Motorola struck the perfect balance between leaning into the Razr brand while looking ahead. Gen Z and Millennial will not be as familiar as Gen Xers are with the Razr name. This means that Motorola needed to create a new buzz in its own right to appeal to a broader audience and one that might be the most attracted to a foldable design. Although we have had a couple of phones that embraced nostalgia over the past couple of years, the new Razr does not fit that mold. I think the decision of building on the Razr franchise is much more pragmatic than people give Motorola credit for.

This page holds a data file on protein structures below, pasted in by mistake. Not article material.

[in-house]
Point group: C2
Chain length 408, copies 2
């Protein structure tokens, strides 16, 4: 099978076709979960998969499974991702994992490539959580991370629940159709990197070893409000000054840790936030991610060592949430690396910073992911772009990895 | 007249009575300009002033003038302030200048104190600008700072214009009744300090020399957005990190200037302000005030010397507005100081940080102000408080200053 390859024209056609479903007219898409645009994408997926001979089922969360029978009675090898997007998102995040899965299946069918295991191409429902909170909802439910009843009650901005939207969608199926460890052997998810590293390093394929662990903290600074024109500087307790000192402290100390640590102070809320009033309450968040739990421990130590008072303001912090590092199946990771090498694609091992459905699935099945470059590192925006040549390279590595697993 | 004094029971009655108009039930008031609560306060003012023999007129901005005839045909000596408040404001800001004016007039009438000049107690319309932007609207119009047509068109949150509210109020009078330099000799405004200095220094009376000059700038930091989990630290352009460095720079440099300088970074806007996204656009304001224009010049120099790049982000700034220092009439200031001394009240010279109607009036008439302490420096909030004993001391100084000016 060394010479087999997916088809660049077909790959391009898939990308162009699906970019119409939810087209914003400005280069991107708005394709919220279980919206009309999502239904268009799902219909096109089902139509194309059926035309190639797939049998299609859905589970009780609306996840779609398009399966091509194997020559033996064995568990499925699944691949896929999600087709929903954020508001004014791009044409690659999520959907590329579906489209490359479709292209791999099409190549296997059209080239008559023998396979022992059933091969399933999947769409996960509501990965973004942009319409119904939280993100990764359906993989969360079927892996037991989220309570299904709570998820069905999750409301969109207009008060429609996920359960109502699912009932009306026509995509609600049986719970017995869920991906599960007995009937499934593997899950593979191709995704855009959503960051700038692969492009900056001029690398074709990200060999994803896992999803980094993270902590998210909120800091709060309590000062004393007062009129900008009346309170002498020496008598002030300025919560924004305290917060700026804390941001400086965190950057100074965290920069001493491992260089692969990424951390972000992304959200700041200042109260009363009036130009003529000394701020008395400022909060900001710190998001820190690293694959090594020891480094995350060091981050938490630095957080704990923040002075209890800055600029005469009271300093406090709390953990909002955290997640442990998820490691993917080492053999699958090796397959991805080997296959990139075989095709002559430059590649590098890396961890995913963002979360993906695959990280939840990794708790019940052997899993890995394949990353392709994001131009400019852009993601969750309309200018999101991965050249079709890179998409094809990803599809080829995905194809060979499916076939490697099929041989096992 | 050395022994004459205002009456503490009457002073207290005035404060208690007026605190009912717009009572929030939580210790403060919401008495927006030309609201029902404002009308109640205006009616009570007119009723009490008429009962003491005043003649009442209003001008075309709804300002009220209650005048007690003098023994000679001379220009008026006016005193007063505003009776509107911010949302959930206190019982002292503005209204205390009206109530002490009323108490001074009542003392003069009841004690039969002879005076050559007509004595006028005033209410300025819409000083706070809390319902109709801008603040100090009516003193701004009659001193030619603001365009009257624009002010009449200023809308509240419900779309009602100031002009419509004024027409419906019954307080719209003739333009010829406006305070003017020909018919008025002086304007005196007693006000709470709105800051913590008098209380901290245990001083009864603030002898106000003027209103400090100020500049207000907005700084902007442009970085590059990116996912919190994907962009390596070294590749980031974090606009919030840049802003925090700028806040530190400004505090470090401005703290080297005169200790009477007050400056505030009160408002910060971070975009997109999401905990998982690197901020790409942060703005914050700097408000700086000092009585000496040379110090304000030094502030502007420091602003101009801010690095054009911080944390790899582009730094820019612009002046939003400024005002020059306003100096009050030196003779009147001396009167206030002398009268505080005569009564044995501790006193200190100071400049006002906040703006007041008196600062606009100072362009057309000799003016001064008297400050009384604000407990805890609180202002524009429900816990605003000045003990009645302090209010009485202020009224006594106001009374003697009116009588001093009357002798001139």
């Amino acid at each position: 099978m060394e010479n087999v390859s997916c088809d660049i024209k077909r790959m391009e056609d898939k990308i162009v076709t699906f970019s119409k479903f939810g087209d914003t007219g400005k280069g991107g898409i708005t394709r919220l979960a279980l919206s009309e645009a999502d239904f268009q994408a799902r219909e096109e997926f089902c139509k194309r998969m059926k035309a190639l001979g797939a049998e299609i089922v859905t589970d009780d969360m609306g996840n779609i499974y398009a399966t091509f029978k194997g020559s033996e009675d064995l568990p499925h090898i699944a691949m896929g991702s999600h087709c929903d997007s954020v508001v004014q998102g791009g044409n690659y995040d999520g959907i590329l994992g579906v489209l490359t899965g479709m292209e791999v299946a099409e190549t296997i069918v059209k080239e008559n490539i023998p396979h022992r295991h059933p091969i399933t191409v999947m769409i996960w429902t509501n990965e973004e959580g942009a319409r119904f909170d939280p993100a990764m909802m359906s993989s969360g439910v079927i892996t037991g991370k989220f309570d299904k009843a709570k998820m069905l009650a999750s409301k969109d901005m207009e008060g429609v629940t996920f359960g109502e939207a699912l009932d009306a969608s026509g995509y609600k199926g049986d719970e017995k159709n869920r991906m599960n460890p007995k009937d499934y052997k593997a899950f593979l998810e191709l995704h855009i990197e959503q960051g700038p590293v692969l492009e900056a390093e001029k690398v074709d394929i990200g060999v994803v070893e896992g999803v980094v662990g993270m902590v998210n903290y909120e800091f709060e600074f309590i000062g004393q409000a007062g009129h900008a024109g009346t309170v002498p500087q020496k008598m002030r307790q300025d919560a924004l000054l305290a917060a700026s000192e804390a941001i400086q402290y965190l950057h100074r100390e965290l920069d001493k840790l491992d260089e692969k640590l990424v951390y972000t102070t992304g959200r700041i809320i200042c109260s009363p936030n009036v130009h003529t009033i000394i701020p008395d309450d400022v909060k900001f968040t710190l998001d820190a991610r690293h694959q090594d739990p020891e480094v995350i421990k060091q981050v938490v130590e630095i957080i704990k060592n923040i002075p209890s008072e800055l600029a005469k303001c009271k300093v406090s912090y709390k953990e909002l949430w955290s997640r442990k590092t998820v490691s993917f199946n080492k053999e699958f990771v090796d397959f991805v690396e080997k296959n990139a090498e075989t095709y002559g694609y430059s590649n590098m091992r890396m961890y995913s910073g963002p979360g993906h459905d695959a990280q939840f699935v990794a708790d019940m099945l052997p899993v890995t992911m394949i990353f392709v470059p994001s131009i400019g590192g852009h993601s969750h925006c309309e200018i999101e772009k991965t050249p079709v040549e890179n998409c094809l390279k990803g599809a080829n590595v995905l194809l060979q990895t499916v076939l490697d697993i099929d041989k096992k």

The first generation Razr, as a brand, was synonymous with higher-end, great design and to some extent, a design over specs formula. For the Razr reboot, Motorola is counting on repositioning its brand in the higher-end of the market thanks to the aspirational folding design. This is really not about nostalgia, it is about having limited resources when it comes to building a totally new brand franchise. Using the familiar and successful Razr name gets Motorola some buzz out the door.

Having had the opportunity to spend some time with the Razr, there is a lot that Motorola should be proud of. The zero-gap hinge perfectly aligns the display without creating a crease or a dip in the middle of the screen. From my experience this solves a few problems:

  • It makes the device feel less delicate and increases the quality feel
  • It gives you the impression that you are actually touching glass even though the display is plastic